The US government is more likely to force Google to divest a key business with an antitrust lawsuit it filed this week than a group of states that has pursued a similar case for three years, legal experts said.
The complaint filed Tuesday in a Virginia federal court by the U.S. Department of Justice Antitrust Division attempts to compel Google to sell part of its advertising technology unit.
The suit mirrors allegations in another antitrust case brought against Google in New York federal court by a Texas-led coalition of 17 states in 2020. Both suits accuse the Alphabet Inc-owned company of abusing its dominance in online advertising, which Google has vigorously denied.
A court would be more likely to order structural changes in a company with nationwide impact if the U.S. government were making the argument, not just a group of states, the experts said.
“To the extent that any federal court is going to be in the business of breaking up Google, it’s going to be a lot more comfortable doing that if the plaintiff is the federal government,” said Vanderbilt University law professor Rebecca Haw Allensworth.
Still, Allensworth and other experts were skeptical that a court would force the sale of a business unit at a company as large and central to the economy as Google. Google's ad-tech business accounted for roughly 12 percent of the company’s revenue in 2021 and plays a vital role in its overall sales.
In the states' case, a New York federal judge in September rejected Google’s bid to dismiss it entirely. But the court disallowed some of the claims, including allegations that the company struck an illegal cooperation agreement with Facebook parent company Meta Platforms Inc (META.O).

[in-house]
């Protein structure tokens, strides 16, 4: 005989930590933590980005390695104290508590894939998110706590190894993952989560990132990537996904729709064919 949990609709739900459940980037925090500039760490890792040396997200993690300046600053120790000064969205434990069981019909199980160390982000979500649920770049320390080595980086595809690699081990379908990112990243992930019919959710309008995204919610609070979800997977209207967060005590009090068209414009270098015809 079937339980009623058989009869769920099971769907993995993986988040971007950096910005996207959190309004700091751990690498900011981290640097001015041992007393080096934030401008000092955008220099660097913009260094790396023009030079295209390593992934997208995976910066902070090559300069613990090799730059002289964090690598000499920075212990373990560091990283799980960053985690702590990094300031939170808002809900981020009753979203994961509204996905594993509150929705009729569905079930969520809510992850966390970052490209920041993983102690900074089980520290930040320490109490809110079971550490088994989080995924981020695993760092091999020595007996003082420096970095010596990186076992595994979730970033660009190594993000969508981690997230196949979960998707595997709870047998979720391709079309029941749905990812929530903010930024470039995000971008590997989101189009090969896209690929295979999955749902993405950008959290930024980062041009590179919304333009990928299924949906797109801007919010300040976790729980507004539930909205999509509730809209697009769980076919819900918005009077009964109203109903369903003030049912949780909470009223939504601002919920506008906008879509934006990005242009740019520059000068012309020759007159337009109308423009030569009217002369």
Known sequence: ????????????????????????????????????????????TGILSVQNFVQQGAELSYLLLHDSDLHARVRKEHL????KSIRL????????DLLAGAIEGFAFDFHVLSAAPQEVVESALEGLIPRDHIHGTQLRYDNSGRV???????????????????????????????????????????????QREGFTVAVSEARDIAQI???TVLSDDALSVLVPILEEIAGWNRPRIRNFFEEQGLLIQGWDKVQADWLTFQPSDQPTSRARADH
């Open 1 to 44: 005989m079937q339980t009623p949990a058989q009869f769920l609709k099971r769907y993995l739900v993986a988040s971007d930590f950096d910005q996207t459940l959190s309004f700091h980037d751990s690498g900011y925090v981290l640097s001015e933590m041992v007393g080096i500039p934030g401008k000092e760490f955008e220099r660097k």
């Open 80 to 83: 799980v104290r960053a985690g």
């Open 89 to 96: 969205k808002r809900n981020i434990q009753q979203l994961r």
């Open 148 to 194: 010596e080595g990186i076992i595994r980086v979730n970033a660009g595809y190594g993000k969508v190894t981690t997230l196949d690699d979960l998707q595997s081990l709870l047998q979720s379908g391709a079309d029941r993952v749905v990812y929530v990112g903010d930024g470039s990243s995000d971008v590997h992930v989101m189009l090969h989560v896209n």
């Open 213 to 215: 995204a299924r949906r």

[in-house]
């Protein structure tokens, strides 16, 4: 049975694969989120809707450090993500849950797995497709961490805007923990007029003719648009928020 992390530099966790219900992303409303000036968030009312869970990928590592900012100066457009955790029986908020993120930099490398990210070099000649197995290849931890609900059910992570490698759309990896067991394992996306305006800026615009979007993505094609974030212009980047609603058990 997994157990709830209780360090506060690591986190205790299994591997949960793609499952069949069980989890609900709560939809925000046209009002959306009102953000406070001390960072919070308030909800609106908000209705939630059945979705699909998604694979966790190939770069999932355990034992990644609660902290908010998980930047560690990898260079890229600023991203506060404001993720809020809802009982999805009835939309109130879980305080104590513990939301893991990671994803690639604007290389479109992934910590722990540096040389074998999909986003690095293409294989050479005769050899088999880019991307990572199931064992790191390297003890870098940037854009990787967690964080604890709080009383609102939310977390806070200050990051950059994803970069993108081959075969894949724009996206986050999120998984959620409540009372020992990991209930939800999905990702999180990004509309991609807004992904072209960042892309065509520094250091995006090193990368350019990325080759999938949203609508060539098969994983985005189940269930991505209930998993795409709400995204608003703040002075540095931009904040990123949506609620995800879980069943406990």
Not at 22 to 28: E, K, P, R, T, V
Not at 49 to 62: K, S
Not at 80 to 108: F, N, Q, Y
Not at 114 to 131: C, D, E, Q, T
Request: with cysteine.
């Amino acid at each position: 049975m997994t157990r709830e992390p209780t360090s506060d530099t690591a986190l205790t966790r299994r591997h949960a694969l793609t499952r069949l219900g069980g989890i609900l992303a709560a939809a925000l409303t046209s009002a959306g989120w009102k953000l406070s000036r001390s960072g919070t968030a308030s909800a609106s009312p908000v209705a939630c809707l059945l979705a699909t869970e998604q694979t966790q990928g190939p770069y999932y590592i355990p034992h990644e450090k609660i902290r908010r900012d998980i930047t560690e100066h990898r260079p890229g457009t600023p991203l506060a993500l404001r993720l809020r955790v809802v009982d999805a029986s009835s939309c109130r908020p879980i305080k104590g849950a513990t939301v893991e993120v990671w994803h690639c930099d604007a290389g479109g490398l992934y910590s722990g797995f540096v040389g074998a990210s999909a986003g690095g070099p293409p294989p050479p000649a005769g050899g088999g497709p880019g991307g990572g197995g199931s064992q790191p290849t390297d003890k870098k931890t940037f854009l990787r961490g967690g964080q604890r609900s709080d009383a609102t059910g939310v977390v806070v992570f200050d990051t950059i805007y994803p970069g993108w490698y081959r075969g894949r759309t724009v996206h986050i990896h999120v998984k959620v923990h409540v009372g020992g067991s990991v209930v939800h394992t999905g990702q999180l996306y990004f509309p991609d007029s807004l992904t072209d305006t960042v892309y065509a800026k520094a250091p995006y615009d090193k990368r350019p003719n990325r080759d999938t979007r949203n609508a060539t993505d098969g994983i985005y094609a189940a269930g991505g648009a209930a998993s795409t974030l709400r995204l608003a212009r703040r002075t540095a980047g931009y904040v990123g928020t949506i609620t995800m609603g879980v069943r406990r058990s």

The states' suit asks for any remedies the court deems appropriate, and Texas Attorney General Ken Paxton has said all possible punishments are on the table. The Justice Department's suit seeks at minimum the sale of Google’s ad manager suite, among other things.
The federal "complaint has a degree of specificity that the other Google complaint does not," New York University law professor Harry First said. "That indicates to me that they are very serious about actually changing the structure of Google's ad tech business."
The Texas Attorney General's Office did not respond to a request for comment while the Justice Department declined to comment. Google did not immediately respond to a request for comment.
States periodically sue companies for alleged violations of antitrust law, but the federal government sometimes either intervenes directly or files its own suit to assert its nationwide perspective.
Legal experts said that while judges don't always defer to the federal government when it steps into state antitrust disputes, the opinions of the DOJ and U.S. Federal Trade Commission can factor heavily in their decisions.
For example, after New York and 12 other states sued to block the merger of wireless carriers T-Mobile and Sprint in 2019, the U.S. government argued the deal should go forward because it would improve wireless coverage in rural areas.
In that case, the DOJ urged the court to give weight to its “uniform, nationwide perspective" and deny the states' request for an injunction blocking the deal. The court agreed, and the merger later went through with certain conditions in a separate settlement brokered by the Justice Department.
“If the ultimate goal is to change the structure of the company, the federal government is in a much stronger position,” Syracuse University law professor Shubha Ghosh said.
Google also faces two largely parallel antitrust lawsuits by states and the federal government alleging unlawful dominance in online searching. The company has denied those allegations as well.